In the beginning of the book, right after the creation of the monster, Victor fled his home to get away from the creature, only to return and find that it had escaped. While in the mountains Victor is approached by the monster who begs for understanding from Victor, that it's killing of Victor's younger brother William Frankenstein was out of confusion and it was only intending to hurt Victor, as he saw him as his cruel creator. The monster then asks Victor to create him a female monster, equally grotesque to be his soul mate. If Victor was so passionate about his work you would think he'd keep his monster locked up or under some kind of control, but since victor left his monster free to roam, it left Victor not knowing any better. It is Frankenstein’s responsibility to teach the monster and see it as a friend.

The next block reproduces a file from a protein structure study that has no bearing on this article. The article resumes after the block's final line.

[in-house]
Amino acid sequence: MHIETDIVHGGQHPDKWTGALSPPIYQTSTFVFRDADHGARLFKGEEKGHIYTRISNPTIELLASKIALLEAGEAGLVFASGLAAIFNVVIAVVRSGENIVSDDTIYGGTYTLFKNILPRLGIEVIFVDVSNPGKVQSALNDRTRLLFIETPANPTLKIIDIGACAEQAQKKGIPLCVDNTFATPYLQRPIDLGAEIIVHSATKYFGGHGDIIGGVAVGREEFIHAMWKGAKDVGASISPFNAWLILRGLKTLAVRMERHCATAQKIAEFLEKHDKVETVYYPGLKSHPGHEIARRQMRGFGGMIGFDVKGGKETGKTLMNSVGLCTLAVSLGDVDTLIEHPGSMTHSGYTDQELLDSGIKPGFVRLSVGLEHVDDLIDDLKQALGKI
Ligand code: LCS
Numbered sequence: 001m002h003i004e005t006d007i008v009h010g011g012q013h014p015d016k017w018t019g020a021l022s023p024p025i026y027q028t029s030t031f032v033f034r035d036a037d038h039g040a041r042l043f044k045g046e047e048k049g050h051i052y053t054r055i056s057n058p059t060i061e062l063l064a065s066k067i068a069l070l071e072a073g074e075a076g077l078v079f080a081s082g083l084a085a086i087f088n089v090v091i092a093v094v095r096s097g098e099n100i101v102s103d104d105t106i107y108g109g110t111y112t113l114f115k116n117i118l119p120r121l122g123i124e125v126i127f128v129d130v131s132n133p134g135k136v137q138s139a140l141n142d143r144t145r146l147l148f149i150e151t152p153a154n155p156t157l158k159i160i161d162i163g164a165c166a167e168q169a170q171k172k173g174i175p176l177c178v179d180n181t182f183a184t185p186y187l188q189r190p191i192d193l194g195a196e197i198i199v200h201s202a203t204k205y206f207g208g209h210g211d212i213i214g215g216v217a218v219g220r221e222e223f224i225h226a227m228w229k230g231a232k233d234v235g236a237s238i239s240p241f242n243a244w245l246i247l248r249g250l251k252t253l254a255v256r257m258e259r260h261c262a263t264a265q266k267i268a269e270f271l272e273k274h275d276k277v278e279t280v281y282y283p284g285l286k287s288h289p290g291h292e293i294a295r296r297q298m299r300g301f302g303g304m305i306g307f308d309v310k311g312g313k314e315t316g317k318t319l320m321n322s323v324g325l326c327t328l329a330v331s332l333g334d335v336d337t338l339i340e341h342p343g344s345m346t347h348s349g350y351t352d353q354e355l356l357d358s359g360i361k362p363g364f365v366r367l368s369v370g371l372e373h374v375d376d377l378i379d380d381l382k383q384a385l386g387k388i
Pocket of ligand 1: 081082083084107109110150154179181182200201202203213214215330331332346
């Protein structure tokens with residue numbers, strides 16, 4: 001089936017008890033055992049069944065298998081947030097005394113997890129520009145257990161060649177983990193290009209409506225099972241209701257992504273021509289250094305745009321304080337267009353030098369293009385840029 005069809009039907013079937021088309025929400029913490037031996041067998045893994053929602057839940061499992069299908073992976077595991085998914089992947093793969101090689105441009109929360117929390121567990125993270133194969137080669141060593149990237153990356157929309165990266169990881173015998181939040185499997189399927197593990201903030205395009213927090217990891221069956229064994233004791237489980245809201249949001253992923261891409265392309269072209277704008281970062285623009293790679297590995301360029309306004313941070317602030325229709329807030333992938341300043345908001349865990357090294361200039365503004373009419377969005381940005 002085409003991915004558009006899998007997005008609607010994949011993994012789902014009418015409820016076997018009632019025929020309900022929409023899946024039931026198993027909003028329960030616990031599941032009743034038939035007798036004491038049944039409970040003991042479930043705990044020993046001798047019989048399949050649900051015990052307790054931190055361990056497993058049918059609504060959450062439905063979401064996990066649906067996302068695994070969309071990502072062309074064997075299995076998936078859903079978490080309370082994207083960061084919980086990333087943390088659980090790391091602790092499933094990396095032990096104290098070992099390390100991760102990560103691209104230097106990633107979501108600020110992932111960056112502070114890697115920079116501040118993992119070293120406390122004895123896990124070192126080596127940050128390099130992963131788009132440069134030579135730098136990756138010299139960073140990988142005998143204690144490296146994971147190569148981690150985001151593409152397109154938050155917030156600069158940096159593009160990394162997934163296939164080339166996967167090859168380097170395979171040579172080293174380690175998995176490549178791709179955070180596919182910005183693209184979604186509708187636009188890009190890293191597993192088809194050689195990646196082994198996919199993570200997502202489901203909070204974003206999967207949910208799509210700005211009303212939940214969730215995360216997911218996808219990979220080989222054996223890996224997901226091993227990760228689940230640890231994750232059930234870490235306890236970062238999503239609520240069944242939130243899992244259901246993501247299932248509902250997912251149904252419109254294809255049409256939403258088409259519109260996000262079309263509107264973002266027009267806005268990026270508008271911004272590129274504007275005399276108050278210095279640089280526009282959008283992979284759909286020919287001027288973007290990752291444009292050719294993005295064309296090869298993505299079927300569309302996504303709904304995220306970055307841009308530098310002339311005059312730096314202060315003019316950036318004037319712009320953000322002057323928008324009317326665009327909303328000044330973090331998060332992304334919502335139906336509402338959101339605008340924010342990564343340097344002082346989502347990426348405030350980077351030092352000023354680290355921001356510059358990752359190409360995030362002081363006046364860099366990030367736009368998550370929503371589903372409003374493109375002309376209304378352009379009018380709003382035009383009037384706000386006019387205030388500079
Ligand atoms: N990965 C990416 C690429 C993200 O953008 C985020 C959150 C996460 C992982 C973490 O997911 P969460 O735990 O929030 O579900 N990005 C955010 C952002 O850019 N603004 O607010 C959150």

However, the creation of the monster did not have to result in such horrific acts. Victor was mortified by his creation, and immediately rejected and abandoned it to face the world of judgmental people alone. “Was I, then, a monster, a blot upon the earth, from which all men fled and whom all men disowned?” (Shelly, 108) It is believed that this irrepressible feeling of abandonment and the continuous rejection angered the monster so intensely that he sought to soothe his revengeful soul by murdering those closest to the one whom he felt responsible for